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Republicans Imagine The Day After Obama's Reelection: A GOP Convention Survey

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Among the survey respondents (clockwise from upper left) were Newt Gingrich, John Kasich, Allen West and Grover Norquist. (Photos: Getty Images)
Among the survey respondents (clockwise from upper left) were Newt Gingrich, John Kasich, Allen West and Grover Norquist. (Photos: Getty Images)

TAMPA, Fla. -- Should President Barack Obama win reelection this November, anti-tax advocate Grover Norquist pledges that he would immediately begin working on the 2014 midterm elections, foreshadowing the same type of adversarial approach that conservatives adopted after Obama's 2008 victory.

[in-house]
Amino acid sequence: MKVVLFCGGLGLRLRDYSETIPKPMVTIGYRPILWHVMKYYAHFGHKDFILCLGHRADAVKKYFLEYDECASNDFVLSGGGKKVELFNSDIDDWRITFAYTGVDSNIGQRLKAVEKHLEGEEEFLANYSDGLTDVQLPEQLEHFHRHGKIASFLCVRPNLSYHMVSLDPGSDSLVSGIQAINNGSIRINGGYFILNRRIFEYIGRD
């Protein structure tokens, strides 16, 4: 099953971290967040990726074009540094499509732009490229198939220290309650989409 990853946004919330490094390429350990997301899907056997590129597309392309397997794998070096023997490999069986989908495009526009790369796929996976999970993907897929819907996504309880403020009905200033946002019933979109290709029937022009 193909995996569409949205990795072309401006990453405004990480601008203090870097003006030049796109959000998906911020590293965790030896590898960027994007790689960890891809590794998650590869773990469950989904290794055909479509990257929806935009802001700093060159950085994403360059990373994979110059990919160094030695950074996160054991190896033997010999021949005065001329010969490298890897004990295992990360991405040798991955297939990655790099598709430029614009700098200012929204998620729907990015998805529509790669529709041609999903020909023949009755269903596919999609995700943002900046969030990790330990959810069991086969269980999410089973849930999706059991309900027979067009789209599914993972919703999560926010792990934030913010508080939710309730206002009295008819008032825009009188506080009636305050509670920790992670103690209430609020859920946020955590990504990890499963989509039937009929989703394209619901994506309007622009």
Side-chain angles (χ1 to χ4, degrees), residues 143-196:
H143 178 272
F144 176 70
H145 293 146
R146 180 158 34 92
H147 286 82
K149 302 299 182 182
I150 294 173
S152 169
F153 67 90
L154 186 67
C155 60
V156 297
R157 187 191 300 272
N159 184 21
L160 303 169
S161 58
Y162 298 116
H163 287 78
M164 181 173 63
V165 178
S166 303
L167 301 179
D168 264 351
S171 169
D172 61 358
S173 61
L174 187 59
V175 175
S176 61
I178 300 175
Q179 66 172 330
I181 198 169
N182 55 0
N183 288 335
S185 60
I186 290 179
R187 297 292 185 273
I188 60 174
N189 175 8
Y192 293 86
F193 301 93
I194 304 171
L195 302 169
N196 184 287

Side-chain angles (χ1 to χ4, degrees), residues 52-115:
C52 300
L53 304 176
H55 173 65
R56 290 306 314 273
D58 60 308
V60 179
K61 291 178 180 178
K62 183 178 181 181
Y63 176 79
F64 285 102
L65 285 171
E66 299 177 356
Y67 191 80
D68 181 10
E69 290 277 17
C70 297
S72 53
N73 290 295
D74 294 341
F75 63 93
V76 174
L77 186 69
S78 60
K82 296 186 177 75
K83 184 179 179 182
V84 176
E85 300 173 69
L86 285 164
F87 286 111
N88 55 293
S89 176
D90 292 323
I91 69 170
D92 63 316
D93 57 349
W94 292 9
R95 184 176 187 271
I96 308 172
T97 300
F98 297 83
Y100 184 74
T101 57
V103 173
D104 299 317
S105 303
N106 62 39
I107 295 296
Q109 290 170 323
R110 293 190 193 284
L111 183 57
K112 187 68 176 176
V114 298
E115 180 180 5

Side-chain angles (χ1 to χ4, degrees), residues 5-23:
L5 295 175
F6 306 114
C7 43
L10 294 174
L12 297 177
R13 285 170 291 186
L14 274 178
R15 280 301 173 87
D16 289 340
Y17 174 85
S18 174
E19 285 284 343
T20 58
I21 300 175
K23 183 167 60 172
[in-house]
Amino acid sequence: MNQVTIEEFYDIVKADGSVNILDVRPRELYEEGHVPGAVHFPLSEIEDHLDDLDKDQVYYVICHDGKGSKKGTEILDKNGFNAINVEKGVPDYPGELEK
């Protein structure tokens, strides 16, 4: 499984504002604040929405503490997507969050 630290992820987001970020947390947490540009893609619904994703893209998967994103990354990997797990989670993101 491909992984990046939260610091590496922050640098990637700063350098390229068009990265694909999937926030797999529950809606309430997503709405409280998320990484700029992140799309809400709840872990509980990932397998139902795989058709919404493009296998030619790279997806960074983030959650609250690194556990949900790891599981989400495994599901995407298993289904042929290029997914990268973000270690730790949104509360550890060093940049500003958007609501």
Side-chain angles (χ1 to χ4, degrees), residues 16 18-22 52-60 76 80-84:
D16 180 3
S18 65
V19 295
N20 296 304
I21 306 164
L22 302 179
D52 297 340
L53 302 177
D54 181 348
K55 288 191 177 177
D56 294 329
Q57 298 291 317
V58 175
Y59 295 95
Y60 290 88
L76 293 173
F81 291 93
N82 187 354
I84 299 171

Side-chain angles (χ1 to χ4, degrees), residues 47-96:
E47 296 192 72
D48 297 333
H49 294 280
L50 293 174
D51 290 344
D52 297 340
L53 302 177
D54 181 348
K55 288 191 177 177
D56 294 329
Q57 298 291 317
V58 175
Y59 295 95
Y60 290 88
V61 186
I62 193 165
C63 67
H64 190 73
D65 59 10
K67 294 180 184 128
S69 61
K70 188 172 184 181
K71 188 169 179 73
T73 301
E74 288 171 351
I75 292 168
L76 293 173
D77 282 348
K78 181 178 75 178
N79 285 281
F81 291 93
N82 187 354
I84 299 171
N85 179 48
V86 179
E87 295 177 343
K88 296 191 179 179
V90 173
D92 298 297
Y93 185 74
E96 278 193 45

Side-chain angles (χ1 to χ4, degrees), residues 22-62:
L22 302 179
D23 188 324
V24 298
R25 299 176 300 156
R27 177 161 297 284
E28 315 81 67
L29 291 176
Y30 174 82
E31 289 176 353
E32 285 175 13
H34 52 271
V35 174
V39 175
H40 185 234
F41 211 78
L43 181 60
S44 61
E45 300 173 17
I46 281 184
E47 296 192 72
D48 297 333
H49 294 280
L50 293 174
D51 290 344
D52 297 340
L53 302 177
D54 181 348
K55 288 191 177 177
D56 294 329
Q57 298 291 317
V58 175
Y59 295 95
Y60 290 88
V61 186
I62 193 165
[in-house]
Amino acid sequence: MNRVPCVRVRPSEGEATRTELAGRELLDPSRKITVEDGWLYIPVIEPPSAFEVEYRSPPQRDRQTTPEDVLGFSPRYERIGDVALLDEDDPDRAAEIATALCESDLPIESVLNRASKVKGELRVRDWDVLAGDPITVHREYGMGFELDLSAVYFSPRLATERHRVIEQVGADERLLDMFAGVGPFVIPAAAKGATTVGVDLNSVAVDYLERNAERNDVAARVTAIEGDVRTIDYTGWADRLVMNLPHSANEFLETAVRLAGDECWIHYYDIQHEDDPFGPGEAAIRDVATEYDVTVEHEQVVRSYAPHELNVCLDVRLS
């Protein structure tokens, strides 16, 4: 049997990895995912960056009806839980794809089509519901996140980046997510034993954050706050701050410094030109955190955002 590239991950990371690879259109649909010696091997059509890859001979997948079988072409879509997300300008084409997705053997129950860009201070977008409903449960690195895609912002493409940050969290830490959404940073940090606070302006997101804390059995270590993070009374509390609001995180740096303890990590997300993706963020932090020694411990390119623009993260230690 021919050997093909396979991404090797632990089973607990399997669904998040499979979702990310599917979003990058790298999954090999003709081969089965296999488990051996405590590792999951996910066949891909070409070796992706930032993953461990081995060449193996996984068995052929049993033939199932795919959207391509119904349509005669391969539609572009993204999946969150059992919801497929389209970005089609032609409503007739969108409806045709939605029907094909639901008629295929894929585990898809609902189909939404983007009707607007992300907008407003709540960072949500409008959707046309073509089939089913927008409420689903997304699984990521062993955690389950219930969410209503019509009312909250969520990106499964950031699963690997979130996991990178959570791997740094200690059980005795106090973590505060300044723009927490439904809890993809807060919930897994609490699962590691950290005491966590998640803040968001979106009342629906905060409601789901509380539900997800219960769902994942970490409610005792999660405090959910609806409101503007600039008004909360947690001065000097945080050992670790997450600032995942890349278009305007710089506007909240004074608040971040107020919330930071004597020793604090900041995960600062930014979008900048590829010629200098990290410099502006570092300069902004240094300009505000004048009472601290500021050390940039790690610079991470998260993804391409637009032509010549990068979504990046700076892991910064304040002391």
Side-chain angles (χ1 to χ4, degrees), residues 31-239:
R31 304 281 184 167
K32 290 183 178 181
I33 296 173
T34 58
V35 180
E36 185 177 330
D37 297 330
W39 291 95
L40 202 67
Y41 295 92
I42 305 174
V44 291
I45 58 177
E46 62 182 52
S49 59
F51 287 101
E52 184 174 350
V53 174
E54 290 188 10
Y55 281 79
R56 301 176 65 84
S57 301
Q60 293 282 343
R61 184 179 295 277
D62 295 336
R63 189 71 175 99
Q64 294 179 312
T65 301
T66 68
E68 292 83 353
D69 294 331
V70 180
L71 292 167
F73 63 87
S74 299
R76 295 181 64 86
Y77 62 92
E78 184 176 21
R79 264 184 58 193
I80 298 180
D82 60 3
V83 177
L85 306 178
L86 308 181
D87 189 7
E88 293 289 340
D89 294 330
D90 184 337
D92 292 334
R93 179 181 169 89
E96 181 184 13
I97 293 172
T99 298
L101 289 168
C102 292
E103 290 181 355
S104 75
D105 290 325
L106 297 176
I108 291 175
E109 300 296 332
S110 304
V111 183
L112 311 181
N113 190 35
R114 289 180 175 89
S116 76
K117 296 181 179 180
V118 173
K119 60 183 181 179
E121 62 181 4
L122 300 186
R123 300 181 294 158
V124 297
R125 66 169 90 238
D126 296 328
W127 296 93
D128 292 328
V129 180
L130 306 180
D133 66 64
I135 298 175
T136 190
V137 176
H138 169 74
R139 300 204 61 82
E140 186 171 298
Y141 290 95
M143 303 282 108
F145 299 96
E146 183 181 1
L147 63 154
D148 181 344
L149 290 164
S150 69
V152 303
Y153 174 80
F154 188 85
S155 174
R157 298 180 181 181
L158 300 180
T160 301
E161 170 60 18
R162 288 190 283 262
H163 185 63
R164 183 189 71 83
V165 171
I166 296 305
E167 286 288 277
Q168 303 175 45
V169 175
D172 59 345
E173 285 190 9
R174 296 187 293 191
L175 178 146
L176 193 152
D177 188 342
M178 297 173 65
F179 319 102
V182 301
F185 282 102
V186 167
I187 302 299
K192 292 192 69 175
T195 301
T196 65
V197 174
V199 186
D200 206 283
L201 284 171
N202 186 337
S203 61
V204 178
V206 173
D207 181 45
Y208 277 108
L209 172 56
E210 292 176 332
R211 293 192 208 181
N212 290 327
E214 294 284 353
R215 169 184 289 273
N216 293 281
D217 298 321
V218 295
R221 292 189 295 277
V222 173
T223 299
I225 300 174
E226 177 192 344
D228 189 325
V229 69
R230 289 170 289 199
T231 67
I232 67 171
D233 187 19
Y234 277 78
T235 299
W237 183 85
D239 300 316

He won't have Dr. Ada Fisher to help him, however. The North Carolina Republican national committeewoman and member of the North Carolina Women for Mitt leadership team said she would move to Israel if Obama wins a second term.

"Number one, I'm Jewish," she explained. "And number two, I don't believe Obama will support the nation of Israel. Israel will have to defend itself alone, and they are going to need all hands on deck."

Others promised to join Fisher in her post-election exodus. Lori Hatch, a convention-goer from Oregon, said she would move to the Czech Republic. Sheila, a convention attendee from Tampa who would only reveal her first name, said she would basically disengage from normal society, "get out of the mainstream of all the things I do for the community and business and all of the charitable things I would do."

Then there was Newt Gingrich, who wouldn't even consider the hypothetical. "That's a thought so terrible I can't contemplate it," said the former House speaker.

These are just a sampling of the answers that The Huffington Post received in its very informal survey of delegates, lawmakers, operatives and other attendees at last week's Republican National Convention. The goal was to ask the same four questions of 100 convention-goers. But things got complicated.